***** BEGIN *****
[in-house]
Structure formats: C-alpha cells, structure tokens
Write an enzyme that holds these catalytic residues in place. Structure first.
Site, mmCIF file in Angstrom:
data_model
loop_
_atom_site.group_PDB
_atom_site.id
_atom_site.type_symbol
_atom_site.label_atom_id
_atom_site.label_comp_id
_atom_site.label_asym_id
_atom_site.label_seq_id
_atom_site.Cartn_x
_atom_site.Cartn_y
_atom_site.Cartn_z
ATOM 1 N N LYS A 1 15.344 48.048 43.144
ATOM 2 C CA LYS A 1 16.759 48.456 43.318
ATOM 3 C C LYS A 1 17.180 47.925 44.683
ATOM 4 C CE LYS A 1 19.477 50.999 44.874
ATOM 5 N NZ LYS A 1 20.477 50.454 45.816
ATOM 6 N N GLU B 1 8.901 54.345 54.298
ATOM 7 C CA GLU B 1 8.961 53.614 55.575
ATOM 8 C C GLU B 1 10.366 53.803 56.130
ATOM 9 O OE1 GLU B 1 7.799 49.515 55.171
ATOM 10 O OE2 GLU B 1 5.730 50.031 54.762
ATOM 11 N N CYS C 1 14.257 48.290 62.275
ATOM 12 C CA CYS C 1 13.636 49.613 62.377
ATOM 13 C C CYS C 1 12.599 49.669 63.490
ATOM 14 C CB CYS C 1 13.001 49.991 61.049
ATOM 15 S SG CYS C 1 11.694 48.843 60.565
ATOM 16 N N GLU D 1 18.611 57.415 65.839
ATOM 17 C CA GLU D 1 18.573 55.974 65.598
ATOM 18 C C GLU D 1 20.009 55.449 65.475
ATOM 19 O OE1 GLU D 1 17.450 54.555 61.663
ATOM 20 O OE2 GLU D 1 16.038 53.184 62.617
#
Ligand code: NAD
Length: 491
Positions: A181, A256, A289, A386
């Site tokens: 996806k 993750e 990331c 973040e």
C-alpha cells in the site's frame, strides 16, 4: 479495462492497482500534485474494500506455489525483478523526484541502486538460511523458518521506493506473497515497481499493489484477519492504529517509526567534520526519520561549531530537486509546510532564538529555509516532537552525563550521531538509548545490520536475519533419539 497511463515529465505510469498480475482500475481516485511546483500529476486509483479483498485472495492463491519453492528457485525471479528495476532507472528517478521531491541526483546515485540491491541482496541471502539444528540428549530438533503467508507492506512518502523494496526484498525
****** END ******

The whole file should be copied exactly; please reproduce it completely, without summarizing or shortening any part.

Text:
[in-house]
Structure formats: C-alpha cells, structure tokens
Write an enzyme that holds these catalytic residues in place. Structure first.
Site, mmCIF file in Angstrom:
data_model
loop_
_atom_site.group_PDB
_atom_site.id
_atom_site.type_symbol
_atom_site.label_atom_id
_atom_site.label_comp_id
_atom_site.label_asym_id
_atom_site.label_seq_id
_atom_site.Cartn_x
_atom_site.Cartn_y
_atom_site.Cartn_z
ATOM 1 N N LYS A 1 15.344 48.048 43.144
ATOM 2 C CA LYS A 1 16.759 48.456 43.318
ATOM 3 C C LYS A 1 17.180 47.925 44.683
ATOM 4 C CE LYS A 1 19.477 50.999 44.874
ATOM 5 N NZ LYS A 1 20.477 50.454 45.816
ATOM 6 N N GLU B 1 8.901 54.345 54.298
ATOM 7 C CA GLU B 1 8.961 53.614 55.575
ATOM 8 C C GLU B 1 10.366 53.803 56.130
ATOM 9 O OE1 GLU B 1 7.799 49.515 55.171
ATOM 10 O OE2 GLU B 1 5.730 50.031 54.762
ATOM 11 N N CYS C 1 14.257 48.290 62.275
ATOM 12 C CA CYS C 1 13.636 49.613 62.377
ATOM 13 C C CYS C 1 12.599 49.669 63.490
ATOM 14 C CB CYS C 1 13.001 49.991 61.049
ATOM 15 S SG CYS C 1 11.694 48.843 60.565
ATOM 16 N N GLU D 1 18.611 57.415 65.839
ATOM 17 C CA GLU D 1 18.573 55.974 65.598
ATOM 18 C C GLU D 1 20.009 55.449 65.475
ATOM 19 O OE1 GLU D 1 17.450 54.555 61.663
ATOM 20 O OE2 GLU D 1 16.038 53.184 62.617
#
Ligand code: NAD
Length: 491
Positions: A181, A256, A289, A386
């Site tokens: 996806k 993750e 990331c 973040e």
C-alpha cells in the site's frame, strides 16, 4: 479495462492497482500534485474494500506455489525483478523526484541502486538460511523458518521506493506473497515497481499493489484477519492504529517509526567534520526519520561549531530537486509546510532564538529555509516532537552525563550521531538509548545490520536475519533419539 497511463515529465505510469498480475482500475481516485511546483500529476486509483479483498485472495492463491519453492528457485525471479528495476532507472528517478521531491541526483546515485540491491541482496541471502539444528540428549530438533503467508507492506512518502523494496526484498525